I had planned to dedicate February to the heart. Not just because Valentine’s Day happens to be in February, or that February is Heart Awareness month, but invite conversation around different experiences that we have. It didn’t go down the way I was envisioning because on January 22nd, 2013, my sweet Pops had a heart attack bringing new meaning to heart awareness on every level and ironically paving the way into the February heart theme in a very surreal and ironic way. I left for Seattle the next day to be with my parents. My sister flew in from Houston; older brother from Brooklyn; my little brother & sis-n-law live there, so they were holding down the fort until we got there.
Mt Rainier

Mt Rainier

I won’t go into all the details of the layers involved with this experience, but I will share some of the take aways that I am still digesting. Here I go…

I have always bowed deeply to this hard working machine known as the heart, with our lungs basically tying the hold for me. Besides it actually doing the main job to keep everything running in our bodies, I am forever amazed of how sensitive and equally strong our heart is. We can enhance it by increasing physical activity; nourishment, medicine and fuel through food. What we put into our bodies is literally what we are made of. I think of our body as this shell. We are predisposed to many things depending on our heritage for starters- there’s no escaping that one. We have to choice to entertain what we are born with or not.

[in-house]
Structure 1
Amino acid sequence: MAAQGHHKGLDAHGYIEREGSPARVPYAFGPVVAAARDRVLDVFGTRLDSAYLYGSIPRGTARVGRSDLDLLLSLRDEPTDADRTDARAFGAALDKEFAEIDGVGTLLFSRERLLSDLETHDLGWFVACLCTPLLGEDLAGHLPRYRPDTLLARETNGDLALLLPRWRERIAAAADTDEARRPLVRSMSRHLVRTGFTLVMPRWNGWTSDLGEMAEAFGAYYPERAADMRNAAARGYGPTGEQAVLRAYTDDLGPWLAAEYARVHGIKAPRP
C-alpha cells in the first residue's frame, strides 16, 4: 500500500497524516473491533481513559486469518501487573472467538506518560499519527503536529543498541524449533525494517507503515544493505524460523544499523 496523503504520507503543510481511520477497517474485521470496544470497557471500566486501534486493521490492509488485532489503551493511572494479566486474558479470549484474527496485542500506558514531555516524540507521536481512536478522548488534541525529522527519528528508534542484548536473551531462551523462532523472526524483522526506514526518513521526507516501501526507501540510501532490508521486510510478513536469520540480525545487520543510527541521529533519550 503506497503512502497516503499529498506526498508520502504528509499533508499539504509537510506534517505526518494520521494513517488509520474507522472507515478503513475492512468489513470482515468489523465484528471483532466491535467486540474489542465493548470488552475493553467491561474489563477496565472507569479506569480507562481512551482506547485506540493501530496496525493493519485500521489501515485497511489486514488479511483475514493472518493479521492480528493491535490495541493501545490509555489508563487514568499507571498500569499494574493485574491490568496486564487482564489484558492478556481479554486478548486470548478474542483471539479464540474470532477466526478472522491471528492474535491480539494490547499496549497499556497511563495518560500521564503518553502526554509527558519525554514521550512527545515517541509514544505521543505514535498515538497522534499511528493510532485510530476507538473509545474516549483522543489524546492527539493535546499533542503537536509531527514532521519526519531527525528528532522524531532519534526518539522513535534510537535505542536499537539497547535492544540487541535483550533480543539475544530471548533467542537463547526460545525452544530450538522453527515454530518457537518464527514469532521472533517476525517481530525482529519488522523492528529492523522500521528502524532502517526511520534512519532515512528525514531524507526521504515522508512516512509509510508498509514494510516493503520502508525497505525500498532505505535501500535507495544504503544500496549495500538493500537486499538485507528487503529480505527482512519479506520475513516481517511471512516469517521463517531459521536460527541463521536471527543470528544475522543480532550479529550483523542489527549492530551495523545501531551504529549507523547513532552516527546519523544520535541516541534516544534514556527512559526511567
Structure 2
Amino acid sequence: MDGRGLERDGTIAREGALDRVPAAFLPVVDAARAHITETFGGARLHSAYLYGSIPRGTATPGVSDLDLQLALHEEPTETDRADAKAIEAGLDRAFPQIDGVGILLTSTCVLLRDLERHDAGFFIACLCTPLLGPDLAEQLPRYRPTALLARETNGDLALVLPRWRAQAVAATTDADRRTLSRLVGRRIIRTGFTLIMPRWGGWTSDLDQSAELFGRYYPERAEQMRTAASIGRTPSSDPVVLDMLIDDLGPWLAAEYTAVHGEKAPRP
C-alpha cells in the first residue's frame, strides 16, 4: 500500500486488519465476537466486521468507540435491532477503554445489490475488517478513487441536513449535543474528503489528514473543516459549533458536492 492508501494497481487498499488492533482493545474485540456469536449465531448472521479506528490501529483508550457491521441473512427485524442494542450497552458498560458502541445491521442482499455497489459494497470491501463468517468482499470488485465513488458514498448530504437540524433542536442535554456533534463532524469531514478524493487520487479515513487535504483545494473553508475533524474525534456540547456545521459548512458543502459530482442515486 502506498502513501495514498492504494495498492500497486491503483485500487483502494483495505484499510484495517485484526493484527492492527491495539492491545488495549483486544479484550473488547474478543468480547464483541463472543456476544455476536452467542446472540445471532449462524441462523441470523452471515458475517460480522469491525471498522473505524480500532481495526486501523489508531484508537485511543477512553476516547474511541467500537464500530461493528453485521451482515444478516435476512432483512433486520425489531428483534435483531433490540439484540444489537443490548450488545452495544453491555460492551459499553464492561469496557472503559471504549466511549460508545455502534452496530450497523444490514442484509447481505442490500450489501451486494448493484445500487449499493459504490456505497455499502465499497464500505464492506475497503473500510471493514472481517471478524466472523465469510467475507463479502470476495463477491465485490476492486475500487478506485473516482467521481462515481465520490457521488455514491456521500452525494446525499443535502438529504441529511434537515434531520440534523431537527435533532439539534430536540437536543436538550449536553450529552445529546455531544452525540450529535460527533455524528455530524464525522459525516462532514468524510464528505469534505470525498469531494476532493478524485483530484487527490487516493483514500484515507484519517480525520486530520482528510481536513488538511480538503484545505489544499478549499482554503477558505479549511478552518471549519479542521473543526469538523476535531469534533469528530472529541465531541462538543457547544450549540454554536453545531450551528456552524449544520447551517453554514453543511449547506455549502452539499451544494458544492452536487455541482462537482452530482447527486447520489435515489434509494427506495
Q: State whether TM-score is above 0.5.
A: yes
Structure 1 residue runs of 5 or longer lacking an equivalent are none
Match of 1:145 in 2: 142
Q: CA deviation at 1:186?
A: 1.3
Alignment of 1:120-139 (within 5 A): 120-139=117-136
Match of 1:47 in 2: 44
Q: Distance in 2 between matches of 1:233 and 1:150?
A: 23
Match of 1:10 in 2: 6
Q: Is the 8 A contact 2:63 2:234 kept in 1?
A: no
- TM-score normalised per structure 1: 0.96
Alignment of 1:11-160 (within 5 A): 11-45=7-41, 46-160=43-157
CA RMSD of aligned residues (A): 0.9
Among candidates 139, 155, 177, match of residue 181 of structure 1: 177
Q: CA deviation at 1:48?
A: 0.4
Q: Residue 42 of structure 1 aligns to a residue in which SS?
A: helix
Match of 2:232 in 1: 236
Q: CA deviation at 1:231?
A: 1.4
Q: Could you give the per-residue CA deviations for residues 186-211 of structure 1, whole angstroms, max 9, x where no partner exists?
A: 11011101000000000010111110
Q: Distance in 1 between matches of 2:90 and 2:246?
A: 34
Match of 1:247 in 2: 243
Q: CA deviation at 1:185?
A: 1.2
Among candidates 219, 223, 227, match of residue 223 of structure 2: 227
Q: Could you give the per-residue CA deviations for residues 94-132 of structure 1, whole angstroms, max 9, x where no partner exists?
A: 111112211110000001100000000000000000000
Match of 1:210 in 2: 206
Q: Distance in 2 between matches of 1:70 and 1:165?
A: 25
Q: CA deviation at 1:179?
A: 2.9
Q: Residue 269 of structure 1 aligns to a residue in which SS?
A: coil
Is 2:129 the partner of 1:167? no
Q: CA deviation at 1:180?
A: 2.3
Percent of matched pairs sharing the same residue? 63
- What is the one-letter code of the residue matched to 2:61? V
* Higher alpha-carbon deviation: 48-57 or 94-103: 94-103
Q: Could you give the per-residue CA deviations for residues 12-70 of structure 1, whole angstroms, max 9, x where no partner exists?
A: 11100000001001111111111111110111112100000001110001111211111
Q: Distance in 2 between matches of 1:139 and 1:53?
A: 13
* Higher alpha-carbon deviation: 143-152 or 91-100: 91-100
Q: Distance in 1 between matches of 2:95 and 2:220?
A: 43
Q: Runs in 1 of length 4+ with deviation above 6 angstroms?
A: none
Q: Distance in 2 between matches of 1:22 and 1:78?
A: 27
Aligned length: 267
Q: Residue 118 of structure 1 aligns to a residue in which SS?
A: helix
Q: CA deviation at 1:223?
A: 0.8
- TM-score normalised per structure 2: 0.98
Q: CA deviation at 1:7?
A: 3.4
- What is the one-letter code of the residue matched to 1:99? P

There is nothing that we put into ourselves that won’t manifest into something else down the road whether its something healthy- aiding in increasing longevity, or something not beneficial. The ‘not beneficial’ part… lets just focus on this one for a sec before moving on…

Up until January, I would allow myself to indulge almost every day in chocolate. (Gasp!) I justified it with how great it is for you: the benefits of lowering LDL, antioxidant-rich flavonoids, and the euphoric mood boost I get. The only thing is, most of us, including me, have a little too much sometimes… every day… A little too much of one thing means a little of something else somewhere else, like if you eat enough of it and your body gets used to burning less fuel than what you ingest, you may experience a little muffin-top action. The biggest thing that I understand clearly, is that our organs, our little mini-machines in our body, are constantly working to process and they get worn out. The constant inundation of sugar for example… You may be thin, not carry excess weight, and seem to ‘afford’ the extra morsels, but what about the affect of our pancreas? The constant and unnecessary action of insulin constantly being released to reign our body back to equilibrium.